But from a sociological point of view this is a very flawed study. Views on race issues have been completely shorn from the economic and political forces at work in the area. Scant regard is paid to two crucial economic elements. First, the Bengalis, unlike Pakistani, Indian and East African Asian workers, entered the workforce by-and-large in the 1970s when industrialisation was over. They never, therefore, became part of the working class nor did they have the chance to build their own strong work-based organisations. Bengalis as compared with other Asian workforces came with the least – by way of skills, contacts, capital and experience of urban life. And Bengalis settled in Tower Hamlets, an area which was already deprived, overcrowded and run-down with only a dying rag-trade and a small restaurant economy. Second, when the Docks died, instead of building much-needed social housing on Docklands in the south of the borough, the government decided to extend the financial services industry of the City of London there instead. (‘The economy hardly figures in the accounts that people living in the area …gave us’, write the authors. But surely academics have a duty to interpret seismic external factors even if those living through them do not have the vision to do so?)
And then to politics. Racialised party politics has been part of the East End’s landscape long before Derek Beackon won his council seat on the Isle of Dogs. For, as Sivanandan has written, ‘The BNP did not give rise to racism. Racism gave rise to the BNP – the racism of expediency of the Liberal Democrats in Tower Hamlets, the racism of poverty generated by the Tories in fourteen years of power, and the racism of failed vision engendered by Labour.'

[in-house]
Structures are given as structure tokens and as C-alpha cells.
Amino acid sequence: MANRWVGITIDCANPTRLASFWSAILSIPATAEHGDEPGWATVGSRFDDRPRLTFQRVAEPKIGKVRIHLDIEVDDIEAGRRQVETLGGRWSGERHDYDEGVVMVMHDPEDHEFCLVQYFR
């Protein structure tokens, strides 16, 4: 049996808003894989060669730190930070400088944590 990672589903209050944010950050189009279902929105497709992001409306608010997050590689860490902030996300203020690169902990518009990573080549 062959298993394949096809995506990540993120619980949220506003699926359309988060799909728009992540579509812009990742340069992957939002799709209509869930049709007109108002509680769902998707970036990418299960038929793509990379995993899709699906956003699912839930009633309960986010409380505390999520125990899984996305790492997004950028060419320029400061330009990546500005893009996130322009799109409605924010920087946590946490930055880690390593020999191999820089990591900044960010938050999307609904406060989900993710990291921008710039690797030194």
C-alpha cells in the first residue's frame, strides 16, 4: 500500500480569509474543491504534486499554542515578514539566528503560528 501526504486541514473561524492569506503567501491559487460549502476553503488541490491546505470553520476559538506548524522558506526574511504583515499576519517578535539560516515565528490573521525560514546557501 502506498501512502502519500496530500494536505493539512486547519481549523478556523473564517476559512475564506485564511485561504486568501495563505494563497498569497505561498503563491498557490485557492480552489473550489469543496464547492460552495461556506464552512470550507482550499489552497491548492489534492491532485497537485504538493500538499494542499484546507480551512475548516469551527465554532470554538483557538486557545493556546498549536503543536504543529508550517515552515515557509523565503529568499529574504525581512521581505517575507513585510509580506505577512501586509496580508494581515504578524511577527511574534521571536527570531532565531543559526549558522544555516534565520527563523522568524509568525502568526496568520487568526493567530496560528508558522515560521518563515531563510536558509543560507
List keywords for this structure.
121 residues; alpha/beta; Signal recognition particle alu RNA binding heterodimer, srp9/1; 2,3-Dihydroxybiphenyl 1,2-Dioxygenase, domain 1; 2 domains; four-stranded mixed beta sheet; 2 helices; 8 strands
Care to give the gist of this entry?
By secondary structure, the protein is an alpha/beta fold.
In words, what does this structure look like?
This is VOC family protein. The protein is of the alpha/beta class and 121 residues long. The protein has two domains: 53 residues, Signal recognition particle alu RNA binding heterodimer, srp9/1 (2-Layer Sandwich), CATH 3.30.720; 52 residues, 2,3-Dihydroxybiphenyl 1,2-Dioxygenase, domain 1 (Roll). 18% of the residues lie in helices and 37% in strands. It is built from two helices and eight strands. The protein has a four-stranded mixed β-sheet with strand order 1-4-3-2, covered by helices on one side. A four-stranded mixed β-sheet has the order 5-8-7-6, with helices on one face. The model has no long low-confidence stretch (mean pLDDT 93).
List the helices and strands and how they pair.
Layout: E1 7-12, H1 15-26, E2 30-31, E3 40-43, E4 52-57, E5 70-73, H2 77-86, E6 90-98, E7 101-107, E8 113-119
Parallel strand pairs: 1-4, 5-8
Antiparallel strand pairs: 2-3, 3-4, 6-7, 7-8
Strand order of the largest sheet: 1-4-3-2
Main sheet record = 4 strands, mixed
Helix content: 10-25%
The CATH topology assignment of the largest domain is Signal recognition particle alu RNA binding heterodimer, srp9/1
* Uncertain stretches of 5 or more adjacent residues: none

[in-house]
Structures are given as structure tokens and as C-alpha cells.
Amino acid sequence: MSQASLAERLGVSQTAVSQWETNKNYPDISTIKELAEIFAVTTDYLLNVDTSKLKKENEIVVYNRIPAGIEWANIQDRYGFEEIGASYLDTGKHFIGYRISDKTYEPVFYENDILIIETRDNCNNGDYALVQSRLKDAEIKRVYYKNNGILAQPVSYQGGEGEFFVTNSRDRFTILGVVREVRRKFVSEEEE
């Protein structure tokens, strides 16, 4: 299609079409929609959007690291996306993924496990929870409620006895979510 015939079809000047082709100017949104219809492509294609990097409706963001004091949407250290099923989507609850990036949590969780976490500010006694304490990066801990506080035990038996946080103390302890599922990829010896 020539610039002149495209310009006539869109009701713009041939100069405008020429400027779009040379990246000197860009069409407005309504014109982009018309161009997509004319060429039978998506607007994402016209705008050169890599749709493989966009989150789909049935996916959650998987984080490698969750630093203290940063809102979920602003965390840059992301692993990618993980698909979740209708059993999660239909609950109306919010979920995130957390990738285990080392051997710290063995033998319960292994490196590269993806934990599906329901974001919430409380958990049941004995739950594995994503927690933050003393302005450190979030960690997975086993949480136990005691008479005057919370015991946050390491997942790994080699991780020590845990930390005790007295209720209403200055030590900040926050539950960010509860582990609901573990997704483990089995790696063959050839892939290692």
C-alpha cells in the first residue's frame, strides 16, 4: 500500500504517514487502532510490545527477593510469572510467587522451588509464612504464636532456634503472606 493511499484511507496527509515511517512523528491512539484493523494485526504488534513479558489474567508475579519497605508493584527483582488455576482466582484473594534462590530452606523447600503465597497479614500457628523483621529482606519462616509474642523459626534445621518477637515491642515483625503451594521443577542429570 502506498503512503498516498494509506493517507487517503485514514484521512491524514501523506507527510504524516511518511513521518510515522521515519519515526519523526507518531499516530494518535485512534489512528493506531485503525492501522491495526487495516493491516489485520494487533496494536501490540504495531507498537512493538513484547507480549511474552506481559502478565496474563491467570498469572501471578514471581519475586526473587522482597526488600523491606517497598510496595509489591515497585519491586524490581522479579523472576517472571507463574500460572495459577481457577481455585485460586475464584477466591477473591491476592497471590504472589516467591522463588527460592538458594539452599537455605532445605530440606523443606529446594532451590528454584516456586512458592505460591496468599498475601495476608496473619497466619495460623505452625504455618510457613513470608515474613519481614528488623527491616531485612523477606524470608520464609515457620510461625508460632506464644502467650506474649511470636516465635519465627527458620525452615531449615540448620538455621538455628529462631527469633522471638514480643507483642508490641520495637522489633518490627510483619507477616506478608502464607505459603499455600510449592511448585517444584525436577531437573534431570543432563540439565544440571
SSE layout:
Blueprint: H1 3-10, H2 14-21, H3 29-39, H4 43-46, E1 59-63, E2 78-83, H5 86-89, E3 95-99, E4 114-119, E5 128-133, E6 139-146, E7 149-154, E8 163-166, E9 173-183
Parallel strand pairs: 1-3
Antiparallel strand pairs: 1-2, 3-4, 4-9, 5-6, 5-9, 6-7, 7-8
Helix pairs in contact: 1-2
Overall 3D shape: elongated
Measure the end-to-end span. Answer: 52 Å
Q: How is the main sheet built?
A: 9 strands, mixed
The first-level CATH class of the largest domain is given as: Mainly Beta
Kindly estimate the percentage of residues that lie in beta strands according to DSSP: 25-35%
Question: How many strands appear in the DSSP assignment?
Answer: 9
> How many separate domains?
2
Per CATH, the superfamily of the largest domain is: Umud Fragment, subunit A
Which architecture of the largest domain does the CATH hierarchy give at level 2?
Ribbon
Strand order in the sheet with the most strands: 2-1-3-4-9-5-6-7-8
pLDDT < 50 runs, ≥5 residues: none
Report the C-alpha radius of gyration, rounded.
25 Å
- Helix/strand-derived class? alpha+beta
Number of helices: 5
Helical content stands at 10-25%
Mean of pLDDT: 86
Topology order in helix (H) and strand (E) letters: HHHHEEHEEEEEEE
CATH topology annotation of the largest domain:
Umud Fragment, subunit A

But The New East End sets its face against such an analysis, and especially the importance of the ‘Sons and Daughters Scheme' by the Lib Dems (which controlled the local authority from 1986 to 1994) and the disastrous impact of their housing allocation via new Neighbourhood Offices. In fact, the authors go some way to distance themselves from the views of Danny Burns et al, academics who criticised the Lib Dem experiment in municipal decentralisation, on the grounds that the Burns team had a tendency to see working-class dissenters as ‘living in a fantasy’.
The book purports that its implications stretch nation-wide. But they do not because, as suggested already, Bengali settlement was historically and geographically extremely specific. And, as the book itself reveals, national trends – of white yuppies seeking housing in the borough and thus changing the political currency and Bengalis increasingly moving eastwards out of the borough – are already breaking down the book’s central thesis about the fight over benefits. This is not a contemporary but a historical study.
Trevor Phillips in his puff praises The New East End for its ‘rather old-fashioned contribution: evidence’. But what comes across to anyone who has knowledge of the East End – and since it is the fashion to parade one’s credentials, I have both lived and campaigned in Brick Lane, as well as having the dubious honour of being the first academic to study male Bengali settlement in Spitalfields in 1970 – is the facility with which academics can make answers gleaned from questionnaires and interviews mean absolutely anything, according to their intellectual preconceptions and political predispositions.
But then, this is a politically-loaded book. If Family and kinship read (rather lyrically) as a labour of love, its sequel, The New East End, reads (somewhat toughly) as a love of (New) Labour. The first was born out of welfarism, the second of Blairism.
All of which makes me think that a spectre is haunting this book, the spectre of the Labour Moderniser, Geoff Mulgan, who founded and ran the think-tank Demos and was adviser to No. 10, and now heads the Young Foundation which produced the book.